Best Pricing Strategies For Consultants – Maximize Your Profits & Attract Your Dream Client

Pricing is one of the awkward questions that a new entrepreneur gets, especially when it comes to service-based businesses. 

Sometimes, you’re not sure if the price is too high or you may have given away your offer for free. 

Of course, you need to ensure that you earn an income while delivering value to your customers. 

In this pricing strategy guide, you’ll learn about the three best pricing models to use if you’re getting started in selling your services as a consultant. 

Of course, you want to make sure that you don’t price too high because nobody would want to do business with you. And if you price too low, you may get a lot of clients, but you’re working your tail off for pennies on the dollar.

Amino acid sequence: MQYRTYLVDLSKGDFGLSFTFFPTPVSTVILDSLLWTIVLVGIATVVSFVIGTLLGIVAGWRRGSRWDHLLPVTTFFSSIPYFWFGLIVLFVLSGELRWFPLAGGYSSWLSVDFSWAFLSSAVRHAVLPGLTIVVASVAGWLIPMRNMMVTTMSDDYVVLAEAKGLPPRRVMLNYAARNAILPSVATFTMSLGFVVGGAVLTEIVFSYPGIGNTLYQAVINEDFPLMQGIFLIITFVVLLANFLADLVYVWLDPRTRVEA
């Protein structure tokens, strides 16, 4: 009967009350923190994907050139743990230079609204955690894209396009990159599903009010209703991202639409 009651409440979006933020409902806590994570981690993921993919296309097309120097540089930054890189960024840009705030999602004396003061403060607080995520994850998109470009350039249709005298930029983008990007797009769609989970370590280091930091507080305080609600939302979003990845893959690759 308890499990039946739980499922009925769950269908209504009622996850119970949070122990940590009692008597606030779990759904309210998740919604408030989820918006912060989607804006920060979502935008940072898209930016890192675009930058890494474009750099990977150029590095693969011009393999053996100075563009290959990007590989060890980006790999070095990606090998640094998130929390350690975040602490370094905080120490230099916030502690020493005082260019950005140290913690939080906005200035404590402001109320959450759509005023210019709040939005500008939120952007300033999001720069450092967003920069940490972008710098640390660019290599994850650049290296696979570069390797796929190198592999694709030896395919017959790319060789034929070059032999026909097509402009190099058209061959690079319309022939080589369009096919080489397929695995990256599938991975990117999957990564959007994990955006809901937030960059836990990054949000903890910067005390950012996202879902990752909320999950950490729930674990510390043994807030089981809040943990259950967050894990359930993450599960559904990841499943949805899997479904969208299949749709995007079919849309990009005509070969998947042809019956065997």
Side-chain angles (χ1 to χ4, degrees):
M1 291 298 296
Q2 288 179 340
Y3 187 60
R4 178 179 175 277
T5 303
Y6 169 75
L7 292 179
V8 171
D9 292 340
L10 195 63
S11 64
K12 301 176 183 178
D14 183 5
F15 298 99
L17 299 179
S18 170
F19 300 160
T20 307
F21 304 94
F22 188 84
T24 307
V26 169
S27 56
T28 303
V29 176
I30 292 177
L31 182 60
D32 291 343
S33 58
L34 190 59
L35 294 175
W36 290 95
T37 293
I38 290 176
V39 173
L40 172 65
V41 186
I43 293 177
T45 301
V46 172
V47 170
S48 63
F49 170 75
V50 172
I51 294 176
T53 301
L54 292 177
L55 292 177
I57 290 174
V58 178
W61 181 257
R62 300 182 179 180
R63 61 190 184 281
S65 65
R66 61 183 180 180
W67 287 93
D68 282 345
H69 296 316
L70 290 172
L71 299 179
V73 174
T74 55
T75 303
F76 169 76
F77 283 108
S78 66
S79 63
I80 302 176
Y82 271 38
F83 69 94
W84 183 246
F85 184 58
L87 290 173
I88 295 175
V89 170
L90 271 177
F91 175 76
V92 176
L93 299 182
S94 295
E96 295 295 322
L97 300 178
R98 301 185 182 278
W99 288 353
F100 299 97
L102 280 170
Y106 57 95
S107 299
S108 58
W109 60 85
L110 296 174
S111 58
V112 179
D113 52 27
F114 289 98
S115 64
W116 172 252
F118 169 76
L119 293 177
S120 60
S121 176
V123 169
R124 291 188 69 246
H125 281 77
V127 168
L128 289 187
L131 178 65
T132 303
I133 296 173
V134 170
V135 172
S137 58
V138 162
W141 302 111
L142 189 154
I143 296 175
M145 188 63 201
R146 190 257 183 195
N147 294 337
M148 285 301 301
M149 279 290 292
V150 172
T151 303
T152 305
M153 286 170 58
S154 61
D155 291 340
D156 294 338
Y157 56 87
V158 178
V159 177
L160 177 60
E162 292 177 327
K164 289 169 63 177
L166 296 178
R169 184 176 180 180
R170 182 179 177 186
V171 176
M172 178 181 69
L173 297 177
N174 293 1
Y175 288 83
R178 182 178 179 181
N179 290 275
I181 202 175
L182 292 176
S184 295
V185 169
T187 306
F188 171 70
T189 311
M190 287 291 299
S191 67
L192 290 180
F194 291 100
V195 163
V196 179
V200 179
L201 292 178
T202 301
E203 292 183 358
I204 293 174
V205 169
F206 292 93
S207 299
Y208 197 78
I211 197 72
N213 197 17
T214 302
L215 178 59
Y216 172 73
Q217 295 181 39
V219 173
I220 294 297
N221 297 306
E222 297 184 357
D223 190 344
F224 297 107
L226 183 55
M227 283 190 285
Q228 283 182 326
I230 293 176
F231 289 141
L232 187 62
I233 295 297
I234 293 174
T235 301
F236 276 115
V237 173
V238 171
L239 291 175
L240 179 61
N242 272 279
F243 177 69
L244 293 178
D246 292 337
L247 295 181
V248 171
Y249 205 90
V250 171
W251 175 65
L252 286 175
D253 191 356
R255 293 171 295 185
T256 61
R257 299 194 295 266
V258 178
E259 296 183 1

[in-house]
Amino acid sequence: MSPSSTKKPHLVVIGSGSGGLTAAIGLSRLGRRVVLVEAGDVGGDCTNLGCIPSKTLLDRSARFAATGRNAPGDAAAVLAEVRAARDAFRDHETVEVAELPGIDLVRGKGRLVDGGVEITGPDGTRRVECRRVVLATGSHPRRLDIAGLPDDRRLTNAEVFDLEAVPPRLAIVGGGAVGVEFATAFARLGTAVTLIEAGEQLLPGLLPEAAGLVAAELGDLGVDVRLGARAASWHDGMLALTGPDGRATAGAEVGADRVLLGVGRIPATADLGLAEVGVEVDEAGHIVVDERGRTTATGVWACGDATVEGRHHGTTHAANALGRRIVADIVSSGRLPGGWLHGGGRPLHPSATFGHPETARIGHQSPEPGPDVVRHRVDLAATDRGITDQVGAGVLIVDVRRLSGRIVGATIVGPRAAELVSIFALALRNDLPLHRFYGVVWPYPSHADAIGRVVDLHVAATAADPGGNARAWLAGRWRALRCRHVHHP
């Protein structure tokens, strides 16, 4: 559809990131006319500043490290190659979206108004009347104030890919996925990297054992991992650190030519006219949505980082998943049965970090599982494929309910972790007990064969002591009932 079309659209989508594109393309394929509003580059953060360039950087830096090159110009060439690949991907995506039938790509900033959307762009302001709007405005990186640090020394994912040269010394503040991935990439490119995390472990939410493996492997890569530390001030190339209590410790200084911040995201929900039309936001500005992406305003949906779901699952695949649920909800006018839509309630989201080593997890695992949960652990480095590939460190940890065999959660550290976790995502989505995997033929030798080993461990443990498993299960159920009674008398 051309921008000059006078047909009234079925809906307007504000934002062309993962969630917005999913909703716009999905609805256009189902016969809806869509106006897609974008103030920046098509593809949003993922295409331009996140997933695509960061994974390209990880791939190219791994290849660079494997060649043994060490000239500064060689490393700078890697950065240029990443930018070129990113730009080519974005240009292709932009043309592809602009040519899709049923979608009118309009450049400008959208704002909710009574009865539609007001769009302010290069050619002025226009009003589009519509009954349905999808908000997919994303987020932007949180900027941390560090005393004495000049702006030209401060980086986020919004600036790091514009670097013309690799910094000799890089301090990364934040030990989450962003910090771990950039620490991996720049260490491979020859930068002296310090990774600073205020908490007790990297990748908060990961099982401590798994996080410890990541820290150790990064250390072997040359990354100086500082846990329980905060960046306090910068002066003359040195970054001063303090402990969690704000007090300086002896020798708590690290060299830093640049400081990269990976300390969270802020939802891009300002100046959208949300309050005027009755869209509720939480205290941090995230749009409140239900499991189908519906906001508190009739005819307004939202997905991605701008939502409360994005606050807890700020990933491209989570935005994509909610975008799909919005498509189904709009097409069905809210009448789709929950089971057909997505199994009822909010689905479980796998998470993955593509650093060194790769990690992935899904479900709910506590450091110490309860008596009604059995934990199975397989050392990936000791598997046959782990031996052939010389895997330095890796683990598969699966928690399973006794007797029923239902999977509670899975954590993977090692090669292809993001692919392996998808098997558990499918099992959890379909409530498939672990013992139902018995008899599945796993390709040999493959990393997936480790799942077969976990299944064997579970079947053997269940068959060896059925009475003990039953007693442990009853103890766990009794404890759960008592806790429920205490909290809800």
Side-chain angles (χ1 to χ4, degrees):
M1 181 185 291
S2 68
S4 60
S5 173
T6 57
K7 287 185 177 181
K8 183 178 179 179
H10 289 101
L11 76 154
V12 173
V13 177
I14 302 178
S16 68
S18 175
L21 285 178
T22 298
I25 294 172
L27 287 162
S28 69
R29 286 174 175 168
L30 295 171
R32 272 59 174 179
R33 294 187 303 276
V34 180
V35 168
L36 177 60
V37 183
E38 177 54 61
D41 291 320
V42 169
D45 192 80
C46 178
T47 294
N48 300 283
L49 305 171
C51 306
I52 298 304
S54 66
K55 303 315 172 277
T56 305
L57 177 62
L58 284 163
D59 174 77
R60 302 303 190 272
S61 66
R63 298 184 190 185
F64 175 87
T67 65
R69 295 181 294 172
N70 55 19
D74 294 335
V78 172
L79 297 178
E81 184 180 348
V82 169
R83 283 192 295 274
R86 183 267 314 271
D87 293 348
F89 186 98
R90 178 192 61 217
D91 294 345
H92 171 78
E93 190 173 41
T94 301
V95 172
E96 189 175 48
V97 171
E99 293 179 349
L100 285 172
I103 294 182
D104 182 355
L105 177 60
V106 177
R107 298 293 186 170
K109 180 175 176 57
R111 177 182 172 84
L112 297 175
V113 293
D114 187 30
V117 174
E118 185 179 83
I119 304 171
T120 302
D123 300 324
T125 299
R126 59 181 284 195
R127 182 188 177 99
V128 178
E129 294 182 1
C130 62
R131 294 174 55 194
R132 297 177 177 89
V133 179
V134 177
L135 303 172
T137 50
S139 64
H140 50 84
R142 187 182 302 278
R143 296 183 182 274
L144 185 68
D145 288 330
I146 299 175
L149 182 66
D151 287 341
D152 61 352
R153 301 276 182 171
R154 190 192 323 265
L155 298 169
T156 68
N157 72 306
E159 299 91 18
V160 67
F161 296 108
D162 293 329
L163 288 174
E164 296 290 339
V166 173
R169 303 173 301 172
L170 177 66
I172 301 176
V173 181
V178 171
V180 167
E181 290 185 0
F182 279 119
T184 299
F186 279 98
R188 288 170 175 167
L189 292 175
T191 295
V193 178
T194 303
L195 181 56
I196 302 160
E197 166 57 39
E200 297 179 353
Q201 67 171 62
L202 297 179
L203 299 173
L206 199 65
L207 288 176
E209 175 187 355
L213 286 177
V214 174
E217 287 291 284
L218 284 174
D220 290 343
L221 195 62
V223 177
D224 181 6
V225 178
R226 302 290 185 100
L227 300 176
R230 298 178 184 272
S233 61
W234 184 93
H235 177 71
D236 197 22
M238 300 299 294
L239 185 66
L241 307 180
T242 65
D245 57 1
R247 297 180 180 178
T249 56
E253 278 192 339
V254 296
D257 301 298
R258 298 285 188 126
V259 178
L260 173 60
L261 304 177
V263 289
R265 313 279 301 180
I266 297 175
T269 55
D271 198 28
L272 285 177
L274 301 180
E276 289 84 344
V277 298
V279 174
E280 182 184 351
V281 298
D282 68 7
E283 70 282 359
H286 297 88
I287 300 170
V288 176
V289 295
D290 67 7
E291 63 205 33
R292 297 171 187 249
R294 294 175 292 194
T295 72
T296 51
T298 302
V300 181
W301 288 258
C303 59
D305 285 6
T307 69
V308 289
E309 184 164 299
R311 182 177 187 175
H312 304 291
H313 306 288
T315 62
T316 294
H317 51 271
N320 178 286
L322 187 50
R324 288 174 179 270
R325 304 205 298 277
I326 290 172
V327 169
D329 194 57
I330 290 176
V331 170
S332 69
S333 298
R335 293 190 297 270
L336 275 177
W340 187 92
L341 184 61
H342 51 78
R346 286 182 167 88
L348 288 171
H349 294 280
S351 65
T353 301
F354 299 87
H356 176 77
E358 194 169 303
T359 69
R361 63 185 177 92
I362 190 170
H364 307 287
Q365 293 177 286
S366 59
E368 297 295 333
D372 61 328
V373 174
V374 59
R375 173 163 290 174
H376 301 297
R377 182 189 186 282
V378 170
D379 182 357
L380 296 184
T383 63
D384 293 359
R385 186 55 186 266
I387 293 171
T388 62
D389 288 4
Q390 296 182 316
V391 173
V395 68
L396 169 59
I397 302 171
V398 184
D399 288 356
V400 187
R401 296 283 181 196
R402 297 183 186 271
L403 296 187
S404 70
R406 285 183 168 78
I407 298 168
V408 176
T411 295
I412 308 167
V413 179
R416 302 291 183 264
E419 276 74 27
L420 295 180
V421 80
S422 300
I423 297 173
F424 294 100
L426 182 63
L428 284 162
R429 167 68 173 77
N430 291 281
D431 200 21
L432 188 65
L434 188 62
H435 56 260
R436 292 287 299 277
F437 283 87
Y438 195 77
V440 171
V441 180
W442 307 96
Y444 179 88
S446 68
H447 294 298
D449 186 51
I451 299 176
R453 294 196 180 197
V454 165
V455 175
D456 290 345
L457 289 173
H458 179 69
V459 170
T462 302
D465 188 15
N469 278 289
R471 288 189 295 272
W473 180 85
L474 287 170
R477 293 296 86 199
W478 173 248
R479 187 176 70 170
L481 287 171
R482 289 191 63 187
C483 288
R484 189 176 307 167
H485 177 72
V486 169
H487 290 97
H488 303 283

So, here’s a happy medium. 

We’ll go through three pricing strategies. Then at the end, we’ll wrap it up with you to choose the price that you’ll start with. And of course, we’ll talk about how to scale as your company scales as well. 

Pricing Strategies 

1) Hourly

The first pricing strategy we have is hourly. 

You might wonder how on earth could this possibly be on the best pricing strategies. We want to remove ourselves from being stuck on that hourly rate. Right?

Of course, it makes sense because, at the end of the day, our clients are not paying for how much time and energy we put in. They want the result, right? 

They’re looking for the value that our service provides. 

Most clients don’t care how long it takes you as long as they get what they’re looking for. Because that’s what they’re paying. 

However, if you’re just getting started, especially if you’re doing creative or support work, hourly is the best way for two reasons. 

  • It will protect you. Because as a newbie, you have no idea how long things are going to take.